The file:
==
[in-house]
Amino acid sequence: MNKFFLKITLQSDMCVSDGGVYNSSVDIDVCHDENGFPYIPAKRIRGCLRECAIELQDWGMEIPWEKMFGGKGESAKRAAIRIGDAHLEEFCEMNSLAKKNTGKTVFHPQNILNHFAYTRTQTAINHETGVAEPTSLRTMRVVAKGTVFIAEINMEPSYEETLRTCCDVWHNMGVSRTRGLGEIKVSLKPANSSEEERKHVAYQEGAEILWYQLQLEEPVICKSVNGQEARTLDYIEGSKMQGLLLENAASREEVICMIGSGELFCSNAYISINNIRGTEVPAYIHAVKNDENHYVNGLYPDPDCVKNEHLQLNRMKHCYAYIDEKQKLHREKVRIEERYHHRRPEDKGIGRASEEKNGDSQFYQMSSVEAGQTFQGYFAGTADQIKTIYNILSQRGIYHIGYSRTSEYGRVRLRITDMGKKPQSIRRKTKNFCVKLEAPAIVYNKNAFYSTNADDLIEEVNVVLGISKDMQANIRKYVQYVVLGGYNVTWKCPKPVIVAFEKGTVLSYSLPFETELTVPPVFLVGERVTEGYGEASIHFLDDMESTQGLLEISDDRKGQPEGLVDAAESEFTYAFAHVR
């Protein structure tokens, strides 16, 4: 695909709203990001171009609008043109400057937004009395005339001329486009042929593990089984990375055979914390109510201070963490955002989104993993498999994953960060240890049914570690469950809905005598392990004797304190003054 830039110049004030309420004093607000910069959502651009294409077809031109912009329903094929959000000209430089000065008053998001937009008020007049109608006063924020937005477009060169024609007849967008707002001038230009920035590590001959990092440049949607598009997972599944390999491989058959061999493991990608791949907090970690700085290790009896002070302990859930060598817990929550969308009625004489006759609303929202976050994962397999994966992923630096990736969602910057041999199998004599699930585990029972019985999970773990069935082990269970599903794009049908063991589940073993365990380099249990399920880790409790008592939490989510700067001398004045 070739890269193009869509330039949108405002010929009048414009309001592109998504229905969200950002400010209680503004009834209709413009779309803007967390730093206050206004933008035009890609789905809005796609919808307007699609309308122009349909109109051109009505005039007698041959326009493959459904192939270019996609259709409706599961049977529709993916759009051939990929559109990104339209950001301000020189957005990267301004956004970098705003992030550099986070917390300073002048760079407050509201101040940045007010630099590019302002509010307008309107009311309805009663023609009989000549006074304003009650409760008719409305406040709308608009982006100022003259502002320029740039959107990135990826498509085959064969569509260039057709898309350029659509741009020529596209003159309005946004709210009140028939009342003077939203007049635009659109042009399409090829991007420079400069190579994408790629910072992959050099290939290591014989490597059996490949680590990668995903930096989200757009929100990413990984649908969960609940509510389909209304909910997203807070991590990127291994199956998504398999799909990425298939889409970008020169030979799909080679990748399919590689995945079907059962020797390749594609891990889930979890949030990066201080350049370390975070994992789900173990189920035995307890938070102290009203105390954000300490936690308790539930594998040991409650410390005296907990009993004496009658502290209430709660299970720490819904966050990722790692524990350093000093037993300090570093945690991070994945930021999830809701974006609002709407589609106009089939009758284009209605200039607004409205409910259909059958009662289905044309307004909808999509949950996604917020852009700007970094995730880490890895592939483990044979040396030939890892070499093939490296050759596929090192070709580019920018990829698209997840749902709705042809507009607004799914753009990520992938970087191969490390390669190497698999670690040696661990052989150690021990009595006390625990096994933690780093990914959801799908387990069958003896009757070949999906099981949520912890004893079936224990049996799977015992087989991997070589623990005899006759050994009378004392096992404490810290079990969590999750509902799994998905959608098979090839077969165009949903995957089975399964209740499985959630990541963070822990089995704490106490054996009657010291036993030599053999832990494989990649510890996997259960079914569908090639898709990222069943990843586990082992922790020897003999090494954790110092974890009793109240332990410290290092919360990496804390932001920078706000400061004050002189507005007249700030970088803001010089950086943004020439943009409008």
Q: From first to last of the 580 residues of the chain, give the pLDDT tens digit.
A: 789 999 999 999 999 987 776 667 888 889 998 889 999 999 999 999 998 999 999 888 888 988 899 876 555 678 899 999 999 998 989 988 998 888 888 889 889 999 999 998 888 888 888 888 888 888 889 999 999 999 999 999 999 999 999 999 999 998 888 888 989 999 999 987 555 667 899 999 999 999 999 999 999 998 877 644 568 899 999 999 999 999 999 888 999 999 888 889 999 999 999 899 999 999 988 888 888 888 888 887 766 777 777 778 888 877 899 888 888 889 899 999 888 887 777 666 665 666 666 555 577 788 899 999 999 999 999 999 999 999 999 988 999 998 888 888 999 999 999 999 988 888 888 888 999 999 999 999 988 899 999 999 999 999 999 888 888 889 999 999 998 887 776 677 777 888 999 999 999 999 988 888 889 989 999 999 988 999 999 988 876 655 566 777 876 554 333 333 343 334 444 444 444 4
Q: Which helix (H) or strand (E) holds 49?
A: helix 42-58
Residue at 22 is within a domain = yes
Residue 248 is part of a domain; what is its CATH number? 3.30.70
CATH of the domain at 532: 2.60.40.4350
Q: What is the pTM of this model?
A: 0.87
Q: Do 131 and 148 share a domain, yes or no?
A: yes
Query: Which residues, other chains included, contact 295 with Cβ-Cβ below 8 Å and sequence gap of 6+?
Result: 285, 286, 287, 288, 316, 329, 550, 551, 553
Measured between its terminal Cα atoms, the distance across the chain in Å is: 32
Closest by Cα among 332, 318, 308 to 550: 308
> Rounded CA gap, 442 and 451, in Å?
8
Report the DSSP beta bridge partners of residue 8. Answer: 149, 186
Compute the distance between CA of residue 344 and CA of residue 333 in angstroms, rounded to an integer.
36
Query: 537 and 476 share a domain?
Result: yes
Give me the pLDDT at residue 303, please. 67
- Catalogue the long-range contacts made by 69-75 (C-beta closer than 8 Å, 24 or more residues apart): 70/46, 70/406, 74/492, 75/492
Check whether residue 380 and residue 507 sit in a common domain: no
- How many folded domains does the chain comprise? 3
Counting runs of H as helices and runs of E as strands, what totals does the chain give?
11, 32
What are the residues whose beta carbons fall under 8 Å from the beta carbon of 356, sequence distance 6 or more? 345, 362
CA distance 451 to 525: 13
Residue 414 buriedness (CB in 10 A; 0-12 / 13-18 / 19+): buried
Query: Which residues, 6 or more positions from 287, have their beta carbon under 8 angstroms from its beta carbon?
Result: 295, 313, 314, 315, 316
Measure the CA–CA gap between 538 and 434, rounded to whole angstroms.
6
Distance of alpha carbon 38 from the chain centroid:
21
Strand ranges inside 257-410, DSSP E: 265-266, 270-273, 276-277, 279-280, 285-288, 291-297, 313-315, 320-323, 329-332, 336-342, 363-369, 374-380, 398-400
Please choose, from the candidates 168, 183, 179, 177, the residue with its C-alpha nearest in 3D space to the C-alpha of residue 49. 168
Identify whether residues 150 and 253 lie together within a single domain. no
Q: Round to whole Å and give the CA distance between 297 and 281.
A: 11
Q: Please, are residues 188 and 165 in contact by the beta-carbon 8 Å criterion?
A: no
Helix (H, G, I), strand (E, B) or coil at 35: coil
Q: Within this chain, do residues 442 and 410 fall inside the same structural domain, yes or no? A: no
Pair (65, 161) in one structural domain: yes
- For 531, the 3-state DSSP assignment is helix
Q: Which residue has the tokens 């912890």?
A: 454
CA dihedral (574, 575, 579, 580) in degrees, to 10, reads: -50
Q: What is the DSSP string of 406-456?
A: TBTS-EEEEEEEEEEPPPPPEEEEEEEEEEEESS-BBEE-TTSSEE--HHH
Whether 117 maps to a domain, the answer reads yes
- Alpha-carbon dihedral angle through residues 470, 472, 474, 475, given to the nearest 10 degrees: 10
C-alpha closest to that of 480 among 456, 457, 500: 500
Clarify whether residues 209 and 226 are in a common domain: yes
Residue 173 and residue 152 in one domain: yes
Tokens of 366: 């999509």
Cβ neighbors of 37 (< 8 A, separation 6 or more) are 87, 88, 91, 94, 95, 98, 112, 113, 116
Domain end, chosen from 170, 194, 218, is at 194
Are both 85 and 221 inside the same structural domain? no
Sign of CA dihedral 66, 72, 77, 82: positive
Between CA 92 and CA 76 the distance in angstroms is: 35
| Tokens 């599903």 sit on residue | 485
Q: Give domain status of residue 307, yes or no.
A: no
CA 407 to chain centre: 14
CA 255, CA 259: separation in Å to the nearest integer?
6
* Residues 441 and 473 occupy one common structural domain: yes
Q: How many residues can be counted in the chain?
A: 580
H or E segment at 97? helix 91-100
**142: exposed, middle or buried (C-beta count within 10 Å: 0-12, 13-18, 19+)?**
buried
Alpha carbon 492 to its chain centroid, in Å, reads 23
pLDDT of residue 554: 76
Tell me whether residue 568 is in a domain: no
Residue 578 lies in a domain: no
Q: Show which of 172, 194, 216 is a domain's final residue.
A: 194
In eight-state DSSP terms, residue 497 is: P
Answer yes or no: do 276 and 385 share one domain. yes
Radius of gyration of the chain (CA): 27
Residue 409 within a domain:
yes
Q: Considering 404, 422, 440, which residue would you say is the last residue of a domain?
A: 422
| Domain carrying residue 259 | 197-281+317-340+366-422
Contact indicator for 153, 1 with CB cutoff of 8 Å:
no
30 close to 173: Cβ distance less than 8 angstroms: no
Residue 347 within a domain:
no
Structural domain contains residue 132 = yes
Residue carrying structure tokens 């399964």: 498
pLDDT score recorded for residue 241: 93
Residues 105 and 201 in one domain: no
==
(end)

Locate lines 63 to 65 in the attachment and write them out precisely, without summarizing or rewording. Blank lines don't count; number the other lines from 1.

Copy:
Cβ neighbors of 37 (< 8 A, separation 6 or more) are 87, 88, 91, 94, 95, 98, 112, 113, 116
Domain end, chosen from 170, 194, 218, is at 194
Are both 85 and 221 inside the same structural domain? no